Macrophyte performance in a low arctic lake: effects of temperature, light and nutrients on growth and depth distribution
New publication by Lauridsen, Torben Linding; Mønster, Tina; Raundrup, Katrine; Nymand, Josephine; Olesen, Birgit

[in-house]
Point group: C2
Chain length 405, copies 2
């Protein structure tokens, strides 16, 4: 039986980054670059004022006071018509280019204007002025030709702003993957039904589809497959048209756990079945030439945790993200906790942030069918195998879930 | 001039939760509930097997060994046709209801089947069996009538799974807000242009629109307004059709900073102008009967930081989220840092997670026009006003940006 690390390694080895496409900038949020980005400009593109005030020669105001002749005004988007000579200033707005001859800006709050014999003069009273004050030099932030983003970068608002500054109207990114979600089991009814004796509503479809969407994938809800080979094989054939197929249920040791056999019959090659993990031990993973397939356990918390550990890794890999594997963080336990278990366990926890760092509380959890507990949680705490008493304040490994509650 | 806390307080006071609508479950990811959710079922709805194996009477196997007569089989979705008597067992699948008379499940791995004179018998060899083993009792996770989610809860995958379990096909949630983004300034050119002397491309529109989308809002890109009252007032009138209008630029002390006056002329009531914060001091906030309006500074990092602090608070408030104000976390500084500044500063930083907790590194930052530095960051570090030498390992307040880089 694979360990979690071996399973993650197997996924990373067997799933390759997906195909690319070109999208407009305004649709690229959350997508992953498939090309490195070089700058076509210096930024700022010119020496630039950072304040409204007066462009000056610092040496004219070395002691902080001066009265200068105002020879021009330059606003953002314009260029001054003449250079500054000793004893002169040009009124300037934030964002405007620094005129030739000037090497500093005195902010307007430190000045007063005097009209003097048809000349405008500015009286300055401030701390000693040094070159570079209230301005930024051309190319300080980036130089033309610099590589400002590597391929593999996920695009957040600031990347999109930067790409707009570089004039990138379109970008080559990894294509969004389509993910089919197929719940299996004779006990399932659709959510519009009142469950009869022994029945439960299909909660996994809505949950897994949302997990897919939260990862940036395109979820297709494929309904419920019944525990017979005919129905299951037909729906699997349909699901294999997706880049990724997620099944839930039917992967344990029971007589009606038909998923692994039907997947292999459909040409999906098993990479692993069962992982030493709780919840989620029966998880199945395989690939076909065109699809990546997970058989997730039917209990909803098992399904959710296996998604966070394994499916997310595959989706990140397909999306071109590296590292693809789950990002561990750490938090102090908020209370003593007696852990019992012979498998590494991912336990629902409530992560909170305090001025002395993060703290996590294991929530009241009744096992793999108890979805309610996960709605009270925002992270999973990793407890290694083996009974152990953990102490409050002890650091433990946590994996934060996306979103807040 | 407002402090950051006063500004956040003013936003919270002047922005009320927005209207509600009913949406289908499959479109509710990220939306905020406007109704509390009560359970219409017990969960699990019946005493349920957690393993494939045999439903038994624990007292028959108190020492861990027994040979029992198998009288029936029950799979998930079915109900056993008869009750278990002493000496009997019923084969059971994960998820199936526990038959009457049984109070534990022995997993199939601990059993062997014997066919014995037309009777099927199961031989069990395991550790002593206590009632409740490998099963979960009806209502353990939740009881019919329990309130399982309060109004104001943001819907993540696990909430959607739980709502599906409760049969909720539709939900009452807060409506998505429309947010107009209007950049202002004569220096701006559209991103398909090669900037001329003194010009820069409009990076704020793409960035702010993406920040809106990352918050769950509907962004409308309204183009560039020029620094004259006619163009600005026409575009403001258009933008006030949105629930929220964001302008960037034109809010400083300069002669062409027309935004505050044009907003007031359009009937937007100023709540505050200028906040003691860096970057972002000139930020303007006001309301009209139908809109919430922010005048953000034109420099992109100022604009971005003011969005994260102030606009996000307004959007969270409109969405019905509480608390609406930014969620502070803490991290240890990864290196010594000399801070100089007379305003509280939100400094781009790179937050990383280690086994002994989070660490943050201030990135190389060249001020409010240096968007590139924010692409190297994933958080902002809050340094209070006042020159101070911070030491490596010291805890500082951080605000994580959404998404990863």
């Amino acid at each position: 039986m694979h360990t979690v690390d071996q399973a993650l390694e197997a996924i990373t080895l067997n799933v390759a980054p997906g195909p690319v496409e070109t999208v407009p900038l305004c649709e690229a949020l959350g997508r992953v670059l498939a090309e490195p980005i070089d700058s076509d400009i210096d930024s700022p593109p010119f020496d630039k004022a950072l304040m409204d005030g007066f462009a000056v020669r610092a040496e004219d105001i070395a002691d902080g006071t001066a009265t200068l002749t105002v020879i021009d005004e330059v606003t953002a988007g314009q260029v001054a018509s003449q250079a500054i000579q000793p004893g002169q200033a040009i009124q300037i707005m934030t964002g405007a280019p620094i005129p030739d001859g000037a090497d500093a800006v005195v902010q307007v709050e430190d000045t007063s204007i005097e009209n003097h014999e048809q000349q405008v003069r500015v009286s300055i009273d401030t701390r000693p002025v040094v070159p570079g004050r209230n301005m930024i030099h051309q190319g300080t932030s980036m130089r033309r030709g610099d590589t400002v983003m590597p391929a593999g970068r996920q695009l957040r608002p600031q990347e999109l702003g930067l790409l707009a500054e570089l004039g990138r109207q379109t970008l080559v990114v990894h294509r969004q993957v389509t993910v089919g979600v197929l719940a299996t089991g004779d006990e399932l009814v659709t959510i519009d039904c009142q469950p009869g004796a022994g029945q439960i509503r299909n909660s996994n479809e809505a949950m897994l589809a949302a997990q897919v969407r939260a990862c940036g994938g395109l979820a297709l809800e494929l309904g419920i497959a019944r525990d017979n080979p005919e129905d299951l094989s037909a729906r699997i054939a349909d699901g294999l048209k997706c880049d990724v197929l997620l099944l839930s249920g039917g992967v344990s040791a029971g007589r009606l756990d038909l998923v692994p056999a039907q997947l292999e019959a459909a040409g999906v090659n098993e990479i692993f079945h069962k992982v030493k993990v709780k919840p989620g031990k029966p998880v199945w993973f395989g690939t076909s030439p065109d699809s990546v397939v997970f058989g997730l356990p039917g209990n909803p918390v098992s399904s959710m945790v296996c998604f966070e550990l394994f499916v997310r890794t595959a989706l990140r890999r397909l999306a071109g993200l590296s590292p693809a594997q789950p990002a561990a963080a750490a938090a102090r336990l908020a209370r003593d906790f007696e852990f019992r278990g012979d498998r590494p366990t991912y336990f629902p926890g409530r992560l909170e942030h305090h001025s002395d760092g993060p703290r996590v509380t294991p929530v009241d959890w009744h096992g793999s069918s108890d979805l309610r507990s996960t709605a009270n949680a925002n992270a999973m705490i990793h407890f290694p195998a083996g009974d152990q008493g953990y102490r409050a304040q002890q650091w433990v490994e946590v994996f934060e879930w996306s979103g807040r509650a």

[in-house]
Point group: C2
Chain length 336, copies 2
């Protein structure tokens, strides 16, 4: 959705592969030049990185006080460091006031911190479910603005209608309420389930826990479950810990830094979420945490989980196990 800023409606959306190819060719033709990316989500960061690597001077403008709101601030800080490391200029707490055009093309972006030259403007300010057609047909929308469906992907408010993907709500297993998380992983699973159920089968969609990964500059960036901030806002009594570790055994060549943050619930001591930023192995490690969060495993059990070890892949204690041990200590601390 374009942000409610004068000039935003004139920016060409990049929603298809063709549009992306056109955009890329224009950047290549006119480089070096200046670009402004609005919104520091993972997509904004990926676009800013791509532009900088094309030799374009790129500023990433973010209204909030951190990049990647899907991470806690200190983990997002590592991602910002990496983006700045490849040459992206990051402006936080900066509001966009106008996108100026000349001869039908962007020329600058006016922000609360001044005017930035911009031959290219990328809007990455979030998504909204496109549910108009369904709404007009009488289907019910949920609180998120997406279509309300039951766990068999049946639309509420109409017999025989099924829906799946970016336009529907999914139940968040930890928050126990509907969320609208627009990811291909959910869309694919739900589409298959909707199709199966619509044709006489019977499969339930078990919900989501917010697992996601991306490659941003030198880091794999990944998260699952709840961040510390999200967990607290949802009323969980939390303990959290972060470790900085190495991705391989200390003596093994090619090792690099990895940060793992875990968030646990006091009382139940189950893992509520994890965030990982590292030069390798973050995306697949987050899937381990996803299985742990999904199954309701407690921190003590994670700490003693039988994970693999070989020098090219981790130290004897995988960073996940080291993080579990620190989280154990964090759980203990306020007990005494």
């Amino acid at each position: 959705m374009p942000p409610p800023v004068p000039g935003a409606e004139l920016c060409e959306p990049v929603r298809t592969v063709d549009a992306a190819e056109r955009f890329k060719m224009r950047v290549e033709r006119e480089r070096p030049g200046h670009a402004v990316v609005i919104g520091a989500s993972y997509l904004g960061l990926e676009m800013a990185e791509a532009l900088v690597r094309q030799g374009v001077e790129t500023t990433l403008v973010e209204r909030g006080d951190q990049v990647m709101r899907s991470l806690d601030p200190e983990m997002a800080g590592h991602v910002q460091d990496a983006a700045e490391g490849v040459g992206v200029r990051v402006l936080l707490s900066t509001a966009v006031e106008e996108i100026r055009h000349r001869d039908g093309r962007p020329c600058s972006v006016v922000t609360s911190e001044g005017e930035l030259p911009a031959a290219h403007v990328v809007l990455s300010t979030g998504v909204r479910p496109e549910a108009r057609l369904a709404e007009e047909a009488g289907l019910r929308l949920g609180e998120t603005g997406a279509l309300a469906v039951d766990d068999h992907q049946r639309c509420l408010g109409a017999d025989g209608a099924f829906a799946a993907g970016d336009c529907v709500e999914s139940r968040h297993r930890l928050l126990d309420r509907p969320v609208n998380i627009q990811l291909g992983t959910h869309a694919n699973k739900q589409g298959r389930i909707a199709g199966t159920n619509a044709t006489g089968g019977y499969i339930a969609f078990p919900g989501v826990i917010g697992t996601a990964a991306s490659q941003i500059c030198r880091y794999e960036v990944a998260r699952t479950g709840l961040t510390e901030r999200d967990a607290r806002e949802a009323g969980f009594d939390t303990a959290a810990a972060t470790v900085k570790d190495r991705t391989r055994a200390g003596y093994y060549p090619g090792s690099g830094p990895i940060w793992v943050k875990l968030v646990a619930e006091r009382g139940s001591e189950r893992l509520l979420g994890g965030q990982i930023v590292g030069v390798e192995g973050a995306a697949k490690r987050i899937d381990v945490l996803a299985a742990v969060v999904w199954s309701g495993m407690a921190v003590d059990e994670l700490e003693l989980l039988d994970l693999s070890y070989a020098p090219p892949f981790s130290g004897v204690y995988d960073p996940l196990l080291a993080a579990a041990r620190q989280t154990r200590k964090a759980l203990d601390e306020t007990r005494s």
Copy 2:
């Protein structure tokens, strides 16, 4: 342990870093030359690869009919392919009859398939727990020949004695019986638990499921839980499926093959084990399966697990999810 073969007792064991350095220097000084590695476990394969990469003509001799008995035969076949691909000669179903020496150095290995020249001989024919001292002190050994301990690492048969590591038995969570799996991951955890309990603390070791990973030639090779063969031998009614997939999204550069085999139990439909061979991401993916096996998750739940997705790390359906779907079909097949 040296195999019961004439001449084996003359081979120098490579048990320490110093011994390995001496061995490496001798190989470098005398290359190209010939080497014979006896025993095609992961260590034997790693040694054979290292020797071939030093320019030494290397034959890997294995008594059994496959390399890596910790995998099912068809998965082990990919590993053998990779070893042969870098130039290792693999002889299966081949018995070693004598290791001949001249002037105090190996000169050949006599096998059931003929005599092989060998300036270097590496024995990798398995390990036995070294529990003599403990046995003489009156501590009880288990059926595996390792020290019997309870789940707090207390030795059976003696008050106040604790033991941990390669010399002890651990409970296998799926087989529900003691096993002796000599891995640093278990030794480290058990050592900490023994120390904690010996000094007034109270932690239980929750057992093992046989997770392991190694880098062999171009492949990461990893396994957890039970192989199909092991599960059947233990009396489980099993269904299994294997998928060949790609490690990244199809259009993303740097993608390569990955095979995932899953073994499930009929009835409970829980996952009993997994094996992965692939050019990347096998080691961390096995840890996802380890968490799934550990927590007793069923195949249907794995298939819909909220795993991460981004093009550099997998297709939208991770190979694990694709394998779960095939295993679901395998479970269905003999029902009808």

Submerged macrophytes are important contributors to primary production in clear water arctic and low a Submerged macrophytes are important contributors to primary production in clear water arctic and low arctic lakes. However, their production and potential coverage are hampered by the harsh climate conditions. In this study, we investigated the potential for increased macrophyte production and coverage in arctic lakes in a future warmer climate. In situ growth experiments with Callitriche hamulata were performed at 2, 4, 8 and 12 m depth in combination with nutrient assay experiments at 2 m depth. In addition, growth experiments were performed in the laboratory at four temperatures (5, 10, 15 and 20 °C) under saturated and light-limited conditions (150 and 25 µmol m−2 s−1). The results show that macrophyte growth in the low arctic lake, Badesø, is phosphorus limited, but they also indicate that nutrients are not the limiting factor for the macrophyte depth distribution. Rather the short growing season combined with low summer temperatures may limit the expansion of C. hamulata. Our study also shows that C. hamulata is a very temperature-sensitive plant, particularly around 10 °C. In a future warmer climate in the arctic, the thermocline in clear lakes is expected to expand deeper into the water column. Thus, at the present light conditions we can expect an expansion of both colonisation depth and coverage, which may affect the overall primary production in arctic lakes and the carbon flux and carbon cycling in the lake systems. Our findings strongly support recent predictions of increased growth and a more northerly distribution range of cold-temperature submerged macrophytes.